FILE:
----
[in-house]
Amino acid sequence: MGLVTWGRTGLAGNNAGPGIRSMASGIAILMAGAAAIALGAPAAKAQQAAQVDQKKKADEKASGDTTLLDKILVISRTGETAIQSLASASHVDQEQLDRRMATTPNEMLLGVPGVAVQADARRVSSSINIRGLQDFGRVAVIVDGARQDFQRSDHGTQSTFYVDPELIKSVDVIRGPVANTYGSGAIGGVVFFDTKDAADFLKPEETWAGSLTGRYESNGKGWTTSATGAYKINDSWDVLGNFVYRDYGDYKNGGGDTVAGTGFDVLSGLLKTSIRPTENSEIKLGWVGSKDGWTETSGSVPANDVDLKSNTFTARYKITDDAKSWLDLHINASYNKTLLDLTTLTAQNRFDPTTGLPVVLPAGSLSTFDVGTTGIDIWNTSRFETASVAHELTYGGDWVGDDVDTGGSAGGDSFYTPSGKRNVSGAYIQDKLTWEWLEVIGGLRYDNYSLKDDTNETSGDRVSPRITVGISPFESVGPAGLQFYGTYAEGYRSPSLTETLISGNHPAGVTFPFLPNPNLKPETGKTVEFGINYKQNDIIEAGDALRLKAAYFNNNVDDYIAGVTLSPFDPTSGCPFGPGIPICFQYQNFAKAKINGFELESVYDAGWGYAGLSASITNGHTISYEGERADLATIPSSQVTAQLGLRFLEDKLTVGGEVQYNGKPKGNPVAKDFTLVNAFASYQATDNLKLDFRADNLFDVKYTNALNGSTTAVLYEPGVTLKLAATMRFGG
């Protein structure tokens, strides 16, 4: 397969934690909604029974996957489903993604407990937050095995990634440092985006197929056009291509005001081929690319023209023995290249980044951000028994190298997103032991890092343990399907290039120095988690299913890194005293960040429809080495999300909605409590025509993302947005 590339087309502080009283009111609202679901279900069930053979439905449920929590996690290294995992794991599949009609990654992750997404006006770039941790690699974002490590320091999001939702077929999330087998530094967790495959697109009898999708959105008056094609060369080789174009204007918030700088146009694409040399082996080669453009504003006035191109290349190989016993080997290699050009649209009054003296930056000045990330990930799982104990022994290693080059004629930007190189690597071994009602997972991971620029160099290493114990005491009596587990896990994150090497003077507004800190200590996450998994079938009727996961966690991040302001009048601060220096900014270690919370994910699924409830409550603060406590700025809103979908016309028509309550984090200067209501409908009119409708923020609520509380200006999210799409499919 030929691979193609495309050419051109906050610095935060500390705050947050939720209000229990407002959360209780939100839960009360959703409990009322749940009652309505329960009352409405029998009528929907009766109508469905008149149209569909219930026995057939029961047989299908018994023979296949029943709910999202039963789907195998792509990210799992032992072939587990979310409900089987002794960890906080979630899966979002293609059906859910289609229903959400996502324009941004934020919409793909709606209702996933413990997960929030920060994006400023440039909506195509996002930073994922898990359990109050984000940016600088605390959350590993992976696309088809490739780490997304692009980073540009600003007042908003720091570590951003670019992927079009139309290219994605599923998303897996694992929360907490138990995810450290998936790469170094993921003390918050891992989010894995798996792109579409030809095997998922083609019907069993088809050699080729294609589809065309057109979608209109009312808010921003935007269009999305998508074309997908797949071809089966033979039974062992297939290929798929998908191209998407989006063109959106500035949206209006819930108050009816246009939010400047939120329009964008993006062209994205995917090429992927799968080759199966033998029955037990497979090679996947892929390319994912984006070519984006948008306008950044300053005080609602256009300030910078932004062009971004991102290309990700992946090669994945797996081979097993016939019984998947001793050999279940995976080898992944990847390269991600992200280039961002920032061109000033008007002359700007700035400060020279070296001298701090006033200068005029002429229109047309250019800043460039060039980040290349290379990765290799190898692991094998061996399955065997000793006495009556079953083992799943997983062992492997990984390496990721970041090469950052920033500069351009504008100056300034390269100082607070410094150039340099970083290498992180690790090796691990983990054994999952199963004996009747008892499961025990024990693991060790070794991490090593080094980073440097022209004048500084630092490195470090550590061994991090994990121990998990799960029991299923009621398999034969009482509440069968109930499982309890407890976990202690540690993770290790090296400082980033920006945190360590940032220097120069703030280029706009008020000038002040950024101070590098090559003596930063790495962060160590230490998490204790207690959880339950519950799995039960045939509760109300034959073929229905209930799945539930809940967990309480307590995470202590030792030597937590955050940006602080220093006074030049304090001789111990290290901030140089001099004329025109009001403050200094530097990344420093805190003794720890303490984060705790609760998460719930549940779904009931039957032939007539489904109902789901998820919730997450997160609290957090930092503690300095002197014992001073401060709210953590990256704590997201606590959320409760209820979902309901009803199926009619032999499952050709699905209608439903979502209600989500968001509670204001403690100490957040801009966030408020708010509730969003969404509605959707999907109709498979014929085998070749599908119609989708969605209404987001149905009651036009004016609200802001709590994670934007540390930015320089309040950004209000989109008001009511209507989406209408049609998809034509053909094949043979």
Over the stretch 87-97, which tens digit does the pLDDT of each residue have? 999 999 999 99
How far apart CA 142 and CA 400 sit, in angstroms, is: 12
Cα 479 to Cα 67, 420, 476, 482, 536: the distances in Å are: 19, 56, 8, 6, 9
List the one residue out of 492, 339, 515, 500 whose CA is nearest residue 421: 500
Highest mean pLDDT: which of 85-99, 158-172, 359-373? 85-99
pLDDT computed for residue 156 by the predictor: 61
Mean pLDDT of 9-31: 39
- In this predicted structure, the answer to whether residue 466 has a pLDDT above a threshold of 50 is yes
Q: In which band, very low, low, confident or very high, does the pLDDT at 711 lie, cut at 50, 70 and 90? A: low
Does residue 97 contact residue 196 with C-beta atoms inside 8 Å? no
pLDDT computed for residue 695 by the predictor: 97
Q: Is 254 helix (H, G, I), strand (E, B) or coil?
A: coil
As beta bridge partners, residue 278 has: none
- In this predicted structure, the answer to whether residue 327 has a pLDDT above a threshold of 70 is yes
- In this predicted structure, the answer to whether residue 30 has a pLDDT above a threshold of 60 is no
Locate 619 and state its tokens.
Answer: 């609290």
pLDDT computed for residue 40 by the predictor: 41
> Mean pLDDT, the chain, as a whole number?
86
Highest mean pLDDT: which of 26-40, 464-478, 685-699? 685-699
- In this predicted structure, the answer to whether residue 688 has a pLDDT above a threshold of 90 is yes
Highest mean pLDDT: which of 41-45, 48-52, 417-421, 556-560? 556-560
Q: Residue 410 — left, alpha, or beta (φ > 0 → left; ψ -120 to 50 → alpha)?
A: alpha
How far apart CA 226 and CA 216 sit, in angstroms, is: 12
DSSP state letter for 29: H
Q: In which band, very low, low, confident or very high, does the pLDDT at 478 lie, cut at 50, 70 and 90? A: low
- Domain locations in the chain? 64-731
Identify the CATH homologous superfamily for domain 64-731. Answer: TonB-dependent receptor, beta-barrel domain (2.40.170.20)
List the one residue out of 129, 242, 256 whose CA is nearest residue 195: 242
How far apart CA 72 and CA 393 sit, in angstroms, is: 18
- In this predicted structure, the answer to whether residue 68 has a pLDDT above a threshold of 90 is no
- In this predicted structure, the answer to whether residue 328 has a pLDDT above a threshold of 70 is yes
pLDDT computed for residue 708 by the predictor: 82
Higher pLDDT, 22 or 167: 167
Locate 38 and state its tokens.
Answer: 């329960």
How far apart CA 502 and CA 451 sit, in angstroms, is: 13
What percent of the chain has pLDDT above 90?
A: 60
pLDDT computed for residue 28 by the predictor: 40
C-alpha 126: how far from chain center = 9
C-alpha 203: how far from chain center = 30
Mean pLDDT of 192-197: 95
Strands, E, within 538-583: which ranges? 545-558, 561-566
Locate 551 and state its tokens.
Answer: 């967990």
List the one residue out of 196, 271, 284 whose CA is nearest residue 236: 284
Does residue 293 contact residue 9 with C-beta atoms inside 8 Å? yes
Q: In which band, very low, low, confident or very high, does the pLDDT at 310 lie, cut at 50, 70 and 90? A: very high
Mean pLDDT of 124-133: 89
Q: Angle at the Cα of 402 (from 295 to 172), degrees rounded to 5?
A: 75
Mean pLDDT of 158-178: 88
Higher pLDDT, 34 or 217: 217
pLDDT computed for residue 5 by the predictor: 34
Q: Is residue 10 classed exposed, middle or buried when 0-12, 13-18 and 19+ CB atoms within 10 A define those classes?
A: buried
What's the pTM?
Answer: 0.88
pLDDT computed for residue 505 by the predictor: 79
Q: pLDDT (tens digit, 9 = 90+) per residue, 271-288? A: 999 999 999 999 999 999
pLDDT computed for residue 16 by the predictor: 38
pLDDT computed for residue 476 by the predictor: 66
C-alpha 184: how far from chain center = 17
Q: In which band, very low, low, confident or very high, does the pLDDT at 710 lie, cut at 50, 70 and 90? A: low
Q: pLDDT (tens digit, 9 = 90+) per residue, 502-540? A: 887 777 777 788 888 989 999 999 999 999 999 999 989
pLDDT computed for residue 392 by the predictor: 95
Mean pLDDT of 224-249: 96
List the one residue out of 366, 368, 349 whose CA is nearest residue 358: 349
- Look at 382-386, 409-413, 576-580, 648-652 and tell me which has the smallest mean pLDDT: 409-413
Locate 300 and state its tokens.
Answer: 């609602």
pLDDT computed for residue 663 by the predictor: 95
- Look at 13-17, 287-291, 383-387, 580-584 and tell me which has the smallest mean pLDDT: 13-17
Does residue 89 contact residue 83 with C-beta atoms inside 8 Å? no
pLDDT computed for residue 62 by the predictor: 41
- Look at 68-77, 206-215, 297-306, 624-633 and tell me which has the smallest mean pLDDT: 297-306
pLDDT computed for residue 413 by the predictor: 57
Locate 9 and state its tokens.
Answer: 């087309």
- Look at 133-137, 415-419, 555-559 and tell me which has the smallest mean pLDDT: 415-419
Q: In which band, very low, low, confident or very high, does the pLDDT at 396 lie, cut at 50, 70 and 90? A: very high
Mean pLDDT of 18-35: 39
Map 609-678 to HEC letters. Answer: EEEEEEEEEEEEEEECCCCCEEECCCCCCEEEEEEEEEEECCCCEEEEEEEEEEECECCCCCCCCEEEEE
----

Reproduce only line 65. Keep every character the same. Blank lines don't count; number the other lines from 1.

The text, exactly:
Answer: 0.88